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Democrats are not in disarray

Millions of Democrats across America went to bed in despair on Tuesday night. Florida was an early call for Donald TrumpDonald TrumpFacebook temporarily bans ads for weapons accessories following Capitol riots Sasse, in fiery op-ed, says QAnon is destroying GOP Section 230 worked after the insurrection, but not before: How to regulate social media MORE because of devastating Republican gains in heavily Cuban Miami-Dade County. Although preelection polls suggested competitive races in Iowa and Ohio, both fell to Trump by surprisingly large margins. And the infamous "blue wall" states of Wisconsin, Michigan and Pennsylvania looked bleak as Trump initially took commanding leads in all three.

Because of state laws, election officials in Wisconsin and Pennsylvania were not able to open mail ballots until Election Day, while election officials in Michigan were unable to open mail ballots until the day before Election Day. Because of these rules, election workers in all three states were initially unable to count many mail ballots. At the same time, it was much easier for them to quickly count and report Election Day votes. Since Republican voters were more likely to vote in person than Democratic voters, who often preferred to vote by mail, initial vote counts were deceptively strong for Trump.

But as the counting progressed, the tide began to shift.

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As election workers processed and counted mail ballots across the Upper Midwest, Joe BidenJoe BidenMissouri woman seen with Pelosi sign charged in connection with Capitol riots Facebook temporarily bans ads for weapons accessories following Capitol riots Sasse, in fiery op-ed, says QAnon is destroying GOP MORE started to come back. Wisconsin was the first to flip, as mail ballots from Milwaukee, Kenosha, and Green Bay closed the gap. Michigan was next, as mail ballots from Detroit and its surrounding suburbs were counted. And Biden pushed ahead in Pennsylvania as mail ballots from Philadelphia, the collar counties and even rural counties came in.

As of Friday morning, Biden was the commanding favorite to win the election once all the votes are counted. Wisconsin and Michigan have already been called for him, and he has also taken the lead in Pennsylvania. Decision Desk HQ has already called Pennsylvania and the entire election for Biden, and other networks will probably do so soon as well. Biden has also taken the lead in Georgia and is ahead in Arizona and Nevada.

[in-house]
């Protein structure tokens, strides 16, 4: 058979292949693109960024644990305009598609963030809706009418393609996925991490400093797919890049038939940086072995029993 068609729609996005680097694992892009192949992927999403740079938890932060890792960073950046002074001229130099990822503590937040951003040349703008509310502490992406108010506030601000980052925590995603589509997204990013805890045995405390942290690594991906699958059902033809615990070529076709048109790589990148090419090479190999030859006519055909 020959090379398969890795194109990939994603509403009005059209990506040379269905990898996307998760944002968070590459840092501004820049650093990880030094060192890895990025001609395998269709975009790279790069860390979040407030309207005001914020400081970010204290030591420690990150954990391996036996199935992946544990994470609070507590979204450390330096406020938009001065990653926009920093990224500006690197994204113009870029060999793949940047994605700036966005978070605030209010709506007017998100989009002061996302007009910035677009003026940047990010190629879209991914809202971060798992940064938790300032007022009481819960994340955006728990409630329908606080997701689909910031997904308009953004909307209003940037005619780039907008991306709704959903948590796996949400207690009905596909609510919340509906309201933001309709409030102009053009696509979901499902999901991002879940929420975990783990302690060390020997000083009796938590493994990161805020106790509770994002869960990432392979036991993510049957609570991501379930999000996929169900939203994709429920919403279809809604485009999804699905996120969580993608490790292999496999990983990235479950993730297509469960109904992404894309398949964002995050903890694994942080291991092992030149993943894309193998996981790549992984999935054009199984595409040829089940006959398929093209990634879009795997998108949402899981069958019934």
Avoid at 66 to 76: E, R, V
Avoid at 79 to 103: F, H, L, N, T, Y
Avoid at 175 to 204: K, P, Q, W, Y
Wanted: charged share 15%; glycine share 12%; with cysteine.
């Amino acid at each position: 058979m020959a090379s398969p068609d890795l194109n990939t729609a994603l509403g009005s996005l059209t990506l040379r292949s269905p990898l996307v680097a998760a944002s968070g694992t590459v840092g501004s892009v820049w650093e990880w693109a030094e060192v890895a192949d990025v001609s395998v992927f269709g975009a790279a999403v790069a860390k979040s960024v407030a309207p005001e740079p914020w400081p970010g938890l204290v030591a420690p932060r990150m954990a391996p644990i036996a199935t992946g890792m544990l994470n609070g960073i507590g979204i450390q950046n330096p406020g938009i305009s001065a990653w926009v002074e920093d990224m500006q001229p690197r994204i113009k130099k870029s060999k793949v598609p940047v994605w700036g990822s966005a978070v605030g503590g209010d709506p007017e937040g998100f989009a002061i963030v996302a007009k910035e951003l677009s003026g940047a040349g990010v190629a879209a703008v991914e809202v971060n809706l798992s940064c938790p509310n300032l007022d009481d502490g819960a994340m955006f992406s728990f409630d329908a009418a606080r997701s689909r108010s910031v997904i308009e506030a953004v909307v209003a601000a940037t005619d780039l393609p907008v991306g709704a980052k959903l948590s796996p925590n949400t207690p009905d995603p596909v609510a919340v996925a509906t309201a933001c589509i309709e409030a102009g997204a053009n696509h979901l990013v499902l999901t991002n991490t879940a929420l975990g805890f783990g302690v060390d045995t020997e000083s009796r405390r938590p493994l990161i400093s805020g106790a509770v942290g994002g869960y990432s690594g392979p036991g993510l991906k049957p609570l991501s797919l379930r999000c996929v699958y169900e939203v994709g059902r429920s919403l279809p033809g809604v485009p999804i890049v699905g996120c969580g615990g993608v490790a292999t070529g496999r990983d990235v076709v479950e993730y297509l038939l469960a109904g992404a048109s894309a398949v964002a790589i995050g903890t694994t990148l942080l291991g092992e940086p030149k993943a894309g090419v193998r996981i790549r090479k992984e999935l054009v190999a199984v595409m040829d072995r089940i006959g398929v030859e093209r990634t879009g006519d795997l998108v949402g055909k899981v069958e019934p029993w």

What a difference 72 hours made. On Tuesday night, Democrats were furious and depressed about a country that wasn’t what they thought it was. Why did Latino voters shift so strongly in favor of Trump despite his immigration rhetoric? Why did white working-class voters continue to march to the right in the midst of a deadly pandemic and a struggling economy? How was Trump on the verge of victory after everything the country had been through?

While Democrats should certainly reflect on ways to improve outreach to demographic groups they struggled with, there is still a lot for them to be happy about.

At this point, Biden is on track to defeat Trump 306-232 in the Electoral College. Democrats would view this as a moment of poetic justice since it would be an exact mirror of Trump’s 306-232 Electoral College victory in 2016 (ignoring faithless electors).

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Biden is also on track to win the popular vote by 4 to 5 points once all the votes are counted, according to election analysts. Although Biden currently leads in the popular vote by 3 points, millions of mail ballots remain to be counted from California, New York and elsewhere. Although a 4- to 5-point margin would not be as strong as preelection polls suggested, it would still be a solid victory. In fact, it would be a bigger popular vote victory than that of four of the past five presidential winners (the exception being Barack ObamaBarack Hussein ObamaFor Joe Biden, an experienced foreign policy team 'Nationalize' Facebook and Twitter as public goods Millennials and the great reckoning on race MORE’s 7.3-point victory in 2008).

Biden is also on track for historic victories in two traditionally Republican states. He is poised to become the first Democrat to win Georgia since 1992 and the first Democrat to win Arizona since 1996.

Democrats also have a chance of winning unified — if narrow — control of government, with potential control of the Senate as well as the presidency and House of Representatives. Control of the Senate is likely to come down to two runoff elections in Georgia in January. While Democrats face potential challenges in these races — such as uncertainty about turnout and the suburban vote — they have a fighting shot at winning both of them in what is now a roughly 50-50 state.

Political parties should always reflect on ways to expand their appeal more broadly. But if you’re a Democrat, there is much to be happy with in this year’s outcome.

Democrats are not in disarray.

Ryan Matsumoto is a politics and elections analyst for Inside Elections, which provides nonpartisan analysis of campaigns for Senate, House, governor and president. His articles have been published at FiveThirtyEight and NBC News, and he has been cited by The Washington Post, The Atlantic, New York Magazine and more. Follow him on Twitter @ryanmatsumoto1.